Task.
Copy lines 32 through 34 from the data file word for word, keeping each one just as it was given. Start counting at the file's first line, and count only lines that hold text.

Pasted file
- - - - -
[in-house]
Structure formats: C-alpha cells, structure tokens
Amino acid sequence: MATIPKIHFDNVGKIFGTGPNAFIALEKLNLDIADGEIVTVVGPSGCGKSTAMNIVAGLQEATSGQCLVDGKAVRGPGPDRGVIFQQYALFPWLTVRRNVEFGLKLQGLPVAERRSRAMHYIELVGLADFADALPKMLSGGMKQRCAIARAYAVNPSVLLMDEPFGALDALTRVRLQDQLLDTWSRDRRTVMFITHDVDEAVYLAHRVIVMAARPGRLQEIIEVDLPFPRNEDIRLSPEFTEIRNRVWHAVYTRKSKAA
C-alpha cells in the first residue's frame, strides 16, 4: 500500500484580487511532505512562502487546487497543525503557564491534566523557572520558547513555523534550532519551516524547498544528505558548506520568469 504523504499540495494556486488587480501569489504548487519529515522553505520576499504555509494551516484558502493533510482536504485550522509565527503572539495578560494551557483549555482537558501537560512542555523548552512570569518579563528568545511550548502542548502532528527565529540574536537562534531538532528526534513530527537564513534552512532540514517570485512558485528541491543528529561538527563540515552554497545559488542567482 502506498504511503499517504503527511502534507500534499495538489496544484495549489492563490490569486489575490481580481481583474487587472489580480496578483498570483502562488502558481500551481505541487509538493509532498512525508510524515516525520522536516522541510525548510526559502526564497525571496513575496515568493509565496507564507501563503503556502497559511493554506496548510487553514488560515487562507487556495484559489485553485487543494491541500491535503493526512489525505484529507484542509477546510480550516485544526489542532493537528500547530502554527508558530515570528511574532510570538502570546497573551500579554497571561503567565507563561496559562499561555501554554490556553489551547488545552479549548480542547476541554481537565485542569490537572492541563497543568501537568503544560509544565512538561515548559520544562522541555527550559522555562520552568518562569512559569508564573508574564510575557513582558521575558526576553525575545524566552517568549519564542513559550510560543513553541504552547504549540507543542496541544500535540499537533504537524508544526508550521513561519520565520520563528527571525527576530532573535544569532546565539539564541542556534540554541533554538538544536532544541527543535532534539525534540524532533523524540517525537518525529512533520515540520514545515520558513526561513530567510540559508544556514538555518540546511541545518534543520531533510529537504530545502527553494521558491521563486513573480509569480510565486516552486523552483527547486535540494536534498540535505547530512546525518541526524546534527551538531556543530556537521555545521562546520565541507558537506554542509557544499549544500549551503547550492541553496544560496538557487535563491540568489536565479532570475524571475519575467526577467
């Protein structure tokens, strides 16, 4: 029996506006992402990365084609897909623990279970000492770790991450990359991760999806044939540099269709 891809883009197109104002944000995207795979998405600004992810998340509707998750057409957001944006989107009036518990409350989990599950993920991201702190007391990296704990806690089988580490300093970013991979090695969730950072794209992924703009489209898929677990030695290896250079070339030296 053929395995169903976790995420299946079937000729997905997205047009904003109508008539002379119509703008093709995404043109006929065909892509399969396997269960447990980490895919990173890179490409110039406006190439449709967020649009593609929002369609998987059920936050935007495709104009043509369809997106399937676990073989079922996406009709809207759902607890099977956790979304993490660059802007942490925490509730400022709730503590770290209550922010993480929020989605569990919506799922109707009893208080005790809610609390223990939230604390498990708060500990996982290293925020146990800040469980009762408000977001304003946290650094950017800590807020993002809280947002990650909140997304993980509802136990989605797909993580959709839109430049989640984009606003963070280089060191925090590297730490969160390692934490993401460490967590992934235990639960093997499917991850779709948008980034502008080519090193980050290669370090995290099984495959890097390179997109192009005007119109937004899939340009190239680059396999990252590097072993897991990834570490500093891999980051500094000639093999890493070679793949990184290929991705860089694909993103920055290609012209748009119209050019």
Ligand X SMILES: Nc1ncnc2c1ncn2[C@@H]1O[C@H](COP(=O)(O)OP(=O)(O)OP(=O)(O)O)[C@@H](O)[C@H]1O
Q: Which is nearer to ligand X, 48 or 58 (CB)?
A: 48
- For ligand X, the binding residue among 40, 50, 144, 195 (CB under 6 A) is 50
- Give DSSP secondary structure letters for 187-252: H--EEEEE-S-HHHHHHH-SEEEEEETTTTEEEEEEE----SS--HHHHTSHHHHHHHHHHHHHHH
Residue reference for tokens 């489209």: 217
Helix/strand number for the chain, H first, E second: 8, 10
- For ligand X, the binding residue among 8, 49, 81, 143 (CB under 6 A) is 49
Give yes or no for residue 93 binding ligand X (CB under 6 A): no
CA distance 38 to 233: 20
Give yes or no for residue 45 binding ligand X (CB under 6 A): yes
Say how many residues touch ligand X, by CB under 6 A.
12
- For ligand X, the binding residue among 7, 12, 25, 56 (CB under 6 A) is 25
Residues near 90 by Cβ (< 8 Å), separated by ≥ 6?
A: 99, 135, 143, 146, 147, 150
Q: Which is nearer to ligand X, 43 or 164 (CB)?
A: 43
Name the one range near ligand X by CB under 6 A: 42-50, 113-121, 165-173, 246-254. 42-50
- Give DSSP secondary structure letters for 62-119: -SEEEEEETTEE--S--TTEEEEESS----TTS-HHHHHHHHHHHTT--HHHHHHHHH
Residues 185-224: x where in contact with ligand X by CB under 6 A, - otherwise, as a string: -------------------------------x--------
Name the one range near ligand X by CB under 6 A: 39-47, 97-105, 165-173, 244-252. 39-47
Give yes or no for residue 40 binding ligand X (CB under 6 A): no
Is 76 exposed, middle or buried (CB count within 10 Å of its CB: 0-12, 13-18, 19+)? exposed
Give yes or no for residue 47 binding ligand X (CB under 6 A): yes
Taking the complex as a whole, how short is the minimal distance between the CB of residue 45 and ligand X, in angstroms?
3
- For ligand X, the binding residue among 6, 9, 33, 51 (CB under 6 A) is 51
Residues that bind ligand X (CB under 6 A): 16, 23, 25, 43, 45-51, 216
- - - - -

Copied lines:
3
- For ligand X, the binding residue among 6, 9, 33, 51 (CB under 6 A) is 51
Residues that bind ligand X (CB under 6 A): 16, 23, 25, 43, 45-51, 216